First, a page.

I’ll be covering communication in this post and how it relates to business success. Communication is important for successfully delivering your message to potential clients, as well as talking with clients, vendors, etc.
In fact, communication is so important in business that whole college courses have been devoted to it.
We have plenty to cover, so let’s get going!
Your Communication Is The Medium
In the realm of business dynamics, our ideas are learned through experiences that are our own, but the context through which we learn is heavily influenced by our interaction with society.
The feedback we get is a precious resource. Other people’s reactions instruct us as to how well our communication is being received.
In his book Understanding Media: The Extensions of Man, Marshall McLuhan suggested that “the medium is the message.” He proposed that a medium itself, not the content it carries, should be the focus of study.
According to Wikipedia, “McLuhan understood ‘medium’ in a broad sense. He identified the light bulb as a clear demonstration of the concept of ‘the medium is the message’.
A light bulb does not have content in the way that a newspaper has articles or a television has programs, yet it is a medium that has a social effect; that is, a light bulb enables people to create spaces during nighttime that would otherwise be enveloped by darkness.”
In a similar way, our communication is the message. We shouldn’t be uptight if our message isn’t received in the way we want it to be, because it’s our fault it wasn’t received as intended.
The message is only as good as the way it has been communicated. If people don’t understand what you’re trying to say, then you aren’t communicating well enough. This goes for business, filmmaking and life in general.
Like the last two paragraphs above: are they clear? Is the idea being communicated well?
Ensure your communication presents your message clearly to the intended party. When you’re speaking to a potential client, you will need to speak their language.
This isn’t about having to compromise your goals or desires in the business conversation – instead, speaking the client’s language helps you gain rapport with them.
Once you have rapport, you can pace and lead the conversation in the direction you want.
Deus Ex Machina
In the world of art and literature, Deus Ex Machina is latin for “god out of the machine.”
In his Ars Poetica, Roman poet Horace, laid out the rules for a crazy plot line that is inexplicaly solved by some unusual and contrived intervention by a new character, event or object. We see this often, of course, in the world of convoluted Hollywood movies.
In the world of business, Deus Ex Machina appears often in the form of the lengths people will go to appear not to be breaking socially conditioned values.
Ever heard something like this from someone who’s just signed a deal of some sort: “Everything was just right. They took us out and wined and dined us. They really took the time to make us feel comfortable and respected and we knew signing the contract was the right thing to do.”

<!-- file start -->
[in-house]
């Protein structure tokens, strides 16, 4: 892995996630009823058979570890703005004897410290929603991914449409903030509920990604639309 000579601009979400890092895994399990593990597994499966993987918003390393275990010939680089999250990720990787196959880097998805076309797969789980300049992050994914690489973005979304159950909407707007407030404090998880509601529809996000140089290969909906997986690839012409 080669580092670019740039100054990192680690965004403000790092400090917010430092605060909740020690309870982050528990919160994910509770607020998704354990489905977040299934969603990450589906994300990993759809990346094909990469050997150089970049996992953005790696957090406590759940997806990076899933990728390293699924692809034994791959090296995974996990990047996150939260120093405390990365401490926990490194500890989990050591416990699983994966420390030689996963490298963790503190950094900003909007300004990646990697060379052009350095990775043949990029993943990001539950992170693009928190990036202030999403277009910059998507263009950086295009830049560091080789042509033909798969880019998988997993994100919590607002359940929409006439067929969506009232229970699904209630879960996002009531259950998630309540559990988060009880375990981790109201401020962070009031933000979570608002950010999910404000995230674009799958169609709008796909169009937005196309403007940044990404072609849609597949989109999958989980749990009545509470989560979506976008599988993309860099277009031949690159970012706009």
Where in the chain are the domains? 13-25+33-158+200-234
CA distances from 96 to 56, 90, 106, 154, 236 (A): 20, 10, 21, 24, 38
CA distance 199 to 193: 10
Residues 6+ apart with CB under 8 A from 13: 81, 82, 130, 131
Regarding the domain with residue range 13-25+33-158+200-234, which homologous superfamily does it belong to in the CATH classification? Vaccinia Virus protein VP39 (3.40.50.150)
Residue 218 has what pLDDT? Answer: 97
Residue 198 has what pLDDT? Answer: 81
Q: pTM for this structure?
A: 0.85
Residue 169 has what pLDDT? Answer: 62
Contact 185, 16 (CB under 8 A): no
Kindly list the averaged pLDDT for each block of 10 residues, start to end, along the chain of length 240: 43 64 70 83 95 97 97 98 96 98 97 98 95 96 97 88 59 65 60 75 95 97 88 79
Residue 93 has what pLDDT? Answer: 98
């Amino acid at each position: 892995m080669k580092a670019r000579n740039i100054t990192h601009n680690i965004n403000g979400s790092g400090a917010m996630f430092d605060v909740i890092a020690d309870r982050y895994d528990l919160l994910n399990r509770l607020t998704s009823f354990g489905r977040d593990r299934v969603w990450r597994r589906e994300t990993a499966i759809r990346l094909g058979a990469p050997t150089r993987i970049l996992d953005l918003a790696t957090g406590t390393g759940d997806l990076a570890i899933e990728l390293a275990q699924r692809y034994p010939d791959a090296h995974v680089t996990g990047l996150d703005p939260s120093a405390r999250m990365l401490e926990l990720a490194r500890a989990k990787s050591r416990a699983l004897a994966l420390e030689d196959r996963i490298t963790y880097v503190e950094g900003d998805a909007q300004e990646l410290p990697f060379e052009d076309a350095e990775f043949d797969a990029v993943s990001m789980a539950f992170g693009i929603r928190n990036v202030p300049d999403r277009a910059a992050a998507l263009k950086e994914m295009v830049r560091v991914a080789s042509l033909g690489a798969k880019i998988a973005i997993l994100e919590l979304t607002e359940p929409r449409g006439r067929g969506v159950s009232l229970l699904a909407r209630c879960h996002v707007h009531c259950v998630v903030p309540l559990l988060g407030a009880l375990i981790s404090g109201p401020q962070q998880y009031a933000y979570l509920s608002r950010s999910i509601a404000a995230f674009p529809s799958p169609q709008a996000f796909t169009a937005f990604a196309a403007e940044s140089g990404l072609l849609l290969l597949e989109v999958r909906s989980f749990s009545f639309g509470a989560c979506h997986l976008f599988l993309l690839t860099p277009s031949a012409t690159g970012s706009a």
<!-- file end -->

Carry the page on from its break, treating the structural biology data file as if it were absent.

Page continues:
Then you speak to the person who just won the business and they say: “Well, it was make or break, do or die. We went all guns a-blazing and made signing the contact an absolute certainty.”
What’s different here?
Two different versions of the same story. Two views with exactly the same result.
Unfortunately, we live in a world that’s conditioned to make people feel bad for signing contracts for lots of money. The more money, the more difficult it can be for people to sign (and tell other people they’ve signed).
As a result, people are forced into making up rationalizations and justifications for why they signed a certain deal. As in the above anecdote.
Of course, no shame needs to be felt. People should be confident of the decisions they’ve made, the things they’ve signed and the money they’ve spent.
Unfortunately, the modern world can make people feel guilty about this. Hence the rationalizations.
How Good Communication Closes Deals With Clients
So how can you make signing a contract a much more comfortable process for a potential client?
Imagine you’re sat in a coffee shop at a meeting with a potential client. The coffee has arrived, you’ve consulted your notes and notice a few keys points etched at the top by a friend:
- Strong communication that indicates you know what you mean and mean what you say. This will make the potential client comfortable that you’re the person for the job.
- Listen to their needs. It’s not all about features and benefits, although that’s important, too. One of the most important things for potential clients is that you listen to them and know what they want. This bodes well for the rest of the working relationship.
- Gain rapport and lead them where you want them to go. Only once you have a potential client’s trust can you lead them where you want the meeting to go. They need to like you, trust you and believe that you can do what you say you do.
So, for example, if you own a video production business and you’re meeting a bride who’s considering your services, you will need to show them that:
1. you have lots of experience with brides just like them,
2. that you produce great work (they should see this on your website) and
3. that you are the kind of person they want filming such an emotional and intimate moment as their wedding.
Above all, you need to avoid triggering their Nonsense Radar. This is essentially when you say something that breaks rapport with a potential client and makes them think, “Is this person really legit?”
Of course, the key here is that you shouldn’t be talking nonsense. You should know your stuff, be confident and offer value.
So, get rapport with clients, avoid the Nonsense Radar and close those deals.
Hope this helped!